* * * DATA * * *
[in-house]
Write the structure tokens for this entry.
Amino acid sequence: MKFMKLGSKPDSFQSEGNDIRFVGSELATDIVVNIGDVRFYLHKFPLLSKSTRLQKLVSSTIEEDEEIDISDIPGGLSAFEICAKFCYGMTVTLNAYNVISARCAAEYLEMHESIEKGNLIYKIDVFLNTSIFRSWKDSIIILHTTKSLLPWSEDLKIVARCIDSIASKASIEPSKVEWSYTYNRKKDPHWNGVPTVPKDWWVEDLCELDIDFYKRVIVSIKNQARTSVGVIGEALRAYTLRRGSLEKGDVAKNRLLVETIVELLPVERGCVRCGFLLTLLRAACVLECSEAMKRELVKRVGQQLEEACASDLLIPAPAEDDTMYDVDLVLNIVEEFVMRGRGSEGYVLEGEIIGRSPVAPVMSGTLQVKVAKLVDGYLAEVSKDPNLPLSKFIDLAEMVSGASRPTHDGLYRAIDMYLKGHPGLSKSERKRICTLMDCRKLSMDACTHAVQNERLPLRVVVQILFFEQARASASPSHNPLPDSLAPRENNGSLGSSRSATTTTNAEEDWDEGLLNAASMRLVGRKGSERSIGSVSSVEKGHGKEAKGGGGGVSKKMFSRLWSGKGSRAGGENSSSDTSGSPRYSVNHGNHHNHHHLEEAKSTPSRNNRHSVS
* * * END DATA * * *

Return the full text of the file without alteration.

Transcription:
[in-house]
Write the structure tokens for this entry.
Amino acid sequence: MKFMKLGSKPDSFQSEGNDIRFVGSELATDIVVNIGDVRFYLHKFPLLSKSTRLQKLVSSTIEEDEEIDISDIPGGLSAFEICAKFCYGMTVTLNAYNVISARCAAEYLEMHESIEKGNLIYKIDVFLNTSIFRSWKDSIIILHTTKSLLPWSEDLKIVARCIDSIASKASIEPSKVEWSYTYNRKKDPHWNGVPTVPKDWWVEDLCELDIDFYKRVIVSIKNQARTSVGVIGEALRAYTLRRGSLEKGDVAKNRLLVETIVELLPVERGCVRCGFLLTLLRAACVLECSEAMKRELVKRVGQQLEEACASDLLIPAPAEDDTMYDVDLVLNIVEEFVMRGRGSEGYVLEGEIIGRSPVAPVMSGTLQVKVAKLVDGYLAEVSKDPNLPLSKFIDLAEMVSGASRPTHDGLYRAIDMYLKGHPGLSKSERKRICTLMDCRKLSMDACTHAVQNERLPLRVVVQILFFEQARASASPSHNPLPDSLAPRENNGSLGSSRSATTTTNAEEDWDEGLLNAASMRLVGRKGSERSIGSVSSVEKGHGKEAKGGGGGVSKKMFSRLWSGKGSRAGGENSSSDTSGSPRYSVNHGNHHNHHHLEEAKSTPSRNNRHSVS